An example question from the UDig reading assessments

Diagnostic score reports

The results of the diagnosis were communicated, within the UDig system, through two types of online score reports designed for students and teachers respectively. The student’s report, retrieved immediately after the student has completed the assessment, covers six sections, including the English ability level (corresponding to the CSE level), verbal descriptions of the students’ overall performance, a bar diagram showing the student’s mastery of each attribute involved in the assessment, the definition of the attributes and examples showing the relationship of the attributes and assessment items, a line chart tracking the student’s performance on, if any, multiple reading assessments, and suggestions for future studies. The teacher’s report provides a summary of the performance of students in the class. These reports were designed with reference to guidelines of score report development (e.g., Hattie & Timperley, 2007; Roberts, 2012; Zenisky & Hambleton, 2012), as well as examples of diagnostic score reports in the existent literature (e.g., Jang, 2009; Roberts & Gierl, 2010). Table 2 shows an analysis of the report contents on the basis of a model of feedback to enhance learning (Hattie & Timperley, 2007). The interpretation of the student’s report was ascertained from both qualitative and quantitative data. However, empirical investigations indicated that intended interpretations and use could be better achieved with the assistance of teachers, particularly for students with a low level of learner autonomy (Fan, accepted).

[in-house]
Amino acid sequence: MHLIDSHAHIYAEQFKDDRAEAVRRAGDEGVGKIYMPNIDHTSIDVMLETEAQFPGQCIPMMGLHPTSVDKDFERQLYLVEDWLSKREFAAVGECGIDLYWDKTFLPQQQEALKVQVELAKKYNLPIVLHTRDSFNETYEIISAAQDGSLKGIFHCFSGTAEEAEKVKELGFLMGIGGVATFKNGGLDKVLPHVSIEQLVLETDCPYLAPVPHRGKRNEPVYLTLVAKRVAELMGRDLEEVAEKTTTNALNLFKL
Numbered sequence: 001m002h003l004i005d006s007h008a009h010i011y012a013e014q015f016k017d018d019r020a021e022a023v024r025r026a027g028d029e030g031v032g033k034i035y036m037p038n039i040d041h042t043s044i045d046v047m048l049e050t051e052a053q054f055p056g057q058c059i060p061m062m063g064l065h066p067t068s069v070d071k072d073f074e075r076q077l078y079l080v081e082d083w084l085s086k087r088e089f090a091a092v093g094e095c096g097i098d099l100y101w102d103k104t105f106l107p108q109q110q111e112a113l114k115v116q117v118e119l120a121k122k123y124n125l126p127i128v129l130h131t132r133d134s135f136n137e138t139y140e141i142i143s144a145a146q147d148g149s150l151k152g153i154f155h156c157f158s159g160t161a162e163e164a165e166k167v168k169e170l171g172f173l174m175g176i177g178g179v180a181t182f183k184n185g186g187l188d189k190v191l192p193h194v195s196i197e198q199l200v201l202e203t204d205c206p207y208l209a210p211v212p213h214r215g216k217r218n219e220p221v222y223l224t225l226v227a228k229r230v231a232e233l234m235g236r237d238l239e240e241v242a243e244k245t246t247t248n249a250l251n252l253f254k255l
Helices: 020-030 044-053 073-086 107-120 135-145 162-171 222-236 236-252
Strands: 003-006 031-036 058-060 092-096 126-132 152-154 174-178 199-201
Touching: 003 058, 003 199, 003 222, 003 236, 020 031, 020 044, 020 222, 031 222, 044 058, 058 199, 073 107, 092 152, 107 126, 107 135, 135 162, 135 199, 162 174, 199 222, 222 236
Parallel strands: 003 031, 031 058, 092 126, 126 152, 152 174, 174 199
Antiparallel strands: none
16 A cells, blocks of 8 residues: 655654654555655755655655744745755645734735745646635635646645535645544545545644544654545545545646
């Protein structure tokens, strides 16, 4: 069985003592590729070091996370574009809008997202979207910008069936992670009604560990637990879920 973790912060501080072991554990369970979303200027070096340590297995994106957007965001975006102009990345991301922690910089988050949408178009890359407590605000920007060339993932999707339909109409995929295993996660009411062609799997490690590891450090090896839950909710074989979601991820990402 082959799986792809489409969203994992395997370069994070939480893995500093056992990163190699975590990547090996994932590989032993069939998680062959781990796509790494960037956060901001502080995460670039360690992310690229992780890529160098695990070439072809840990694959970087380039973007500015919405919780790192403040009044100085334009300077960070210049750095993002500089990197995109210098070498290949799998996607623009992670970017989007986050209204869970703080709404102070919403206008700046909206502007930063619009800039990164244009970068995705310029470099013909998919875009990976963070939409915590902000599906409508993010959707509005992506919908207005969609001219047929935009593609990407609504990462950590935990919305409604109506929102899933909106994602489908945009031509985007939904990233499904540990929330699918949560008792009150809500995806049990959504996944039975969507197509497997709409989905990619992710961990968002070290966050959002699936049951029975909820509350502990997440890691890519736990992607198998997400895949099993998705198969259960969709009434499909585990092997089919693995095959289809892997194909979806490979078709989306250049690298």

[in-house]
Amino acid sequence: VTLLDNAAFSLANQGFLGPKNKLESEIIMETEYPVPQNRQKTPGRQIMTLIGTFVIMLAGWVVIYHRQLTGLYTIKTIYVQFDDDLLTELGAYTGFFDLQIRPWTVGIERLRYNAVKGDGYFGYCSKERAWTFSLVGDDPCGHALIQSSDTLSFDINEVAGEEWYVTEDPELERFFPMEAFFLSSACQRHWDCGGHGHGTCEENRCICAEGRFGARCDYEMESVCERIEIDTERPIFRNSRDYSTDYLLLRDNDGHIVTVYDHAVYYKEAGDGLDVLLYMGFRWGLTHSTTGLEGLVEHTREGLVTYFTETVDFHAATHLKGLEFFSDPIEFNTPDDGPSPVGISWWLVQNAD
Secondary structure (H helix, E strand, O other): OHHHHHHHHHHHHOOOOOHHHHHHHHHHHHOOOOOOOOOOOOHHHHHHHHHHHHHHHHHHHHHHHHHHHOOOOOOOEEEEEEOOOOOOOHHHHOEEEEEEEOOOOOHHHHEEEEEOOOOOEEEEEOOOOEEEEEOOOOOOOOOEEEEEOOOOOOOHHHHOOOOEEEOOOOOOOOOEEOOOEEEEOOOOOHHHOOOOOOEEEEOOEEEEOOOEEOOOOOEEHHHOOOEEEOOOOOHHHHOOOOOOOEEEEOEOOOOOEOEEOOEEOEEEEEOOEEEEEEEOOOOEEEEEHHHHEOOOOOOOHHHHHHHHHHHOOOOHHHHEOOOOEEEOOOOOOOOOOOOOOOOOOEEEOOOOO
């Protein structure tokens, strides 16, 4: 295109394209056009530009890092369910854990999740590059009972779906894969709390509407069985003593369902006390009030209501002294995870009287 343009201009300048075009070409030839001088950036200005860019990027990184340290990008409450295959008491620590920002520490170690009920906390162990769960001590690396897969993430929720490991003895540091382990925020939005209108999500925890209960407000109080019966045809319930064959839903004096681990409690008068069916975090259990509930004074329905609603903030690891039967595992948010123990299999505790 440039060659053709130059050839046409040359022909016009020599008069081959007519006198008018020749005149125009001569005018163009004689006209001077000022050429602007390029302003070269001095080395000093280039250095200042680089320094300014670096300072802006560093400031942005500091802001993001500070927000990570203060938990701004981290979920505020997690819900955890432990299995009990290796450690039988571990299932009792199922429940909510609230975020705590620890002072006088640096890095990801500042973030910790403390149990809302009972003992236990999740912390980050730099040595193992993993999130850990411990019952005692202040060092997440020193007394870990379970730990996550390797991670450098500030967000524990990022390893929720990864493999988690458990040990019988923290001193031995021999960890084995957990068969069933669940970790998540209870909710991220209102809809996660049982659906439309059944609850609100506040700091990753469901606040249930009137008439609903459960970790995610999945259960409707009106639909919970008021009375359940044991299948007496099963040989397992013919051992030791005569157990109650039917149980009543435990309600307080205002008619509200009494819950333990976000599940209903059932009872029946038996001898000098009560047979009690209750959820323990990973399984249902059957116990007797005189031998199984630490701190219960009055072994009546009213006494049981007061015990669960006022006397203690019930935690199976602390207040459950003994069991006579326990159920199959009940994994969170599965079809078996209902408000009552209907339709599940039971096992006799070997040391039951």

Table 2 Dimensions of UDig diagnostic score reports on reading comprehension (adapted from Fan, accepted)

Interview questions

Focus groups and individual interviews were designed as part of the larger project investigating the usefulness of UDig diagnostic system in China. Some results on students’ understandings of UDig diagnostic score report were reported by Fan (accepted). In the current study, both methods were used to qualitatively investigate students’ beliefs of diagnostic assessment, and their perceptions of diagnosis-based remediation either through interactive and directed discussions, or by individual interviews. Interview questions were adopted from Doe (2015), Jang (2009), and Yin, Sims, and Cothran (2012). Below is a list of example questions.

  1. 1.

    Would you say that the diagnostic assessment has had an effect on your learning of English? If yes, in what ways?

  2. 2.

    Do you think you have improved your English skills since the beginning of the term? How have you improved?

  3. 3.

    Do you think that the remediation activities (i.e., group discussions, individual tasks) in the classroom useful for helping you connect the feedback to your English learning, and for improving your English skills? If yes, which activity do you think is the most useful?

  4. 4.

    Do you think that the diagnostic assessment has been well integrated into the reading curriculum? If yes, in which ways? If not, why not?

Research procedures and data analyses

Research procedures are illustrated in Table 3. Student participants were divided into two groups: the experimental group and the control group. Thirty-nine students from two classes were allocated into the experimental group (Nexp = 39), whereas forty-four students from the other two classes were assigned to the control group (Ncon = 44). Before the study, informed consent was obtained from all participants, who were voluntarily joined in the study, and could withdraw at any stage of the research.